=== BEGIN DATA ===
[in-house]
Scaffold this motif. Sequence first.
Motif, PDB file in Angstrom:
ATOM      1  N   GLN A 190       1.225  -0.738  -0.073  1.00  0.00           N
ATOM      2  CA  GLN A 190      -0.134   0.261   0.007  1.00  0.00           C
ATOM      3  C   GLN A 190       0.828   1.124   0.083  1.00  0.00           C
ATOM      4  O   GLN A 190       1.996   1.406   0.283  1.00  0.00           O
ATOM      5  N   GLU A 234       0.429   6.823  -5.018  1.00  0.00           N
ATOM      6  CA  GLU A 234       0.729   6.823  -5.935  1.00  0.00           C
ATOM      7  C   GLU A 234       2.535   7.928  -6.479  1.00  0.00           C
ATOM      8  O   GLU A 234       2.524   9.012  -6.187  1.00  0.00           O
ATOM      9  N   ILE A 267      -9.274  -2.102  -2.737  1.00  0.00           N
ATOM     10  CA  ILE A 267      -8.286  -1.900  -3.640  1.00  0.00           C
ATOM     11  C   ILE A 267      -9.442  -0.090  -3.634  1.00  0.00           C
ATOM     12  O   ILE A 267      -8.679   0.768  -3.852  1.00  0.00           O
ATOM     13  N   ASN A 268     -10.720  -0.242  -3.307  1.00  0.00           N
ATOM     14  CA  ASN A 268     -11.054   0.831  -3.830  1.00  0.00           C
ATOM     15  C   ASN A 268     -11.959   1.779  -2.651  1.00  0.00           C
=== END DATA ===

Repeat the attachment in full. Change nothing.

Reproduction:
[in-house]
Scaffold this motif. Sequence first.
Motif, PDB file in Angstrom:
ATOM      1  N   GLN A 190       1.225  -0.738  -0.073  1.00  0.00           N
ATOM      2  CA  GLN A 190      -0.134   0.261   0.007  1.00  0.00           C
ATOM      3  C   GLN A 190       0.828   1.124   0.083  1.00  0.00           C
ATOM      4  O   GLN A 190       1.996   1.406   0.283  1.00  0.00           O
ATOM      5  N   GLU A 234       0.429   6.823  -5.018  1.00  0.00           N
ATOM      6  CA  GLU A 234       0.729   6.823  -5.935  1.00  0.00           C
ATOM      7  C   GLU A 234       2.535   7.928  -6.479  1.00  0.00           C
ATOM      8  O   GLU A 234       2.524   9.012  -6.187  1.00  0.00           O
ATOM      9  N   ILE A 267      -9.274  -2.102  -2.737  1.00  0.00           N
ATOM     10  CA  ILE A 267      -8.286  -1.900  -3.640  1.00  0.00           C
ATOM     11  C   ILE A 267      -9.442  -0.090  -3.634  1.00  0.00           C
ATOM     12  O   ILE A 267      -8.679   0.768  -3.852  1.00  0.00           O
ATOM     13  N   ASN A 268     -10.720  -0.242  -3.307  1.00  0.00           N
ATOM     14  CA  ASN A 268     -11.054   0.831  -3.830  1.00  0.00           C
ATOM     15  C   ASN A 268     -11.959   1.779  -2.651  1.00  0.00           C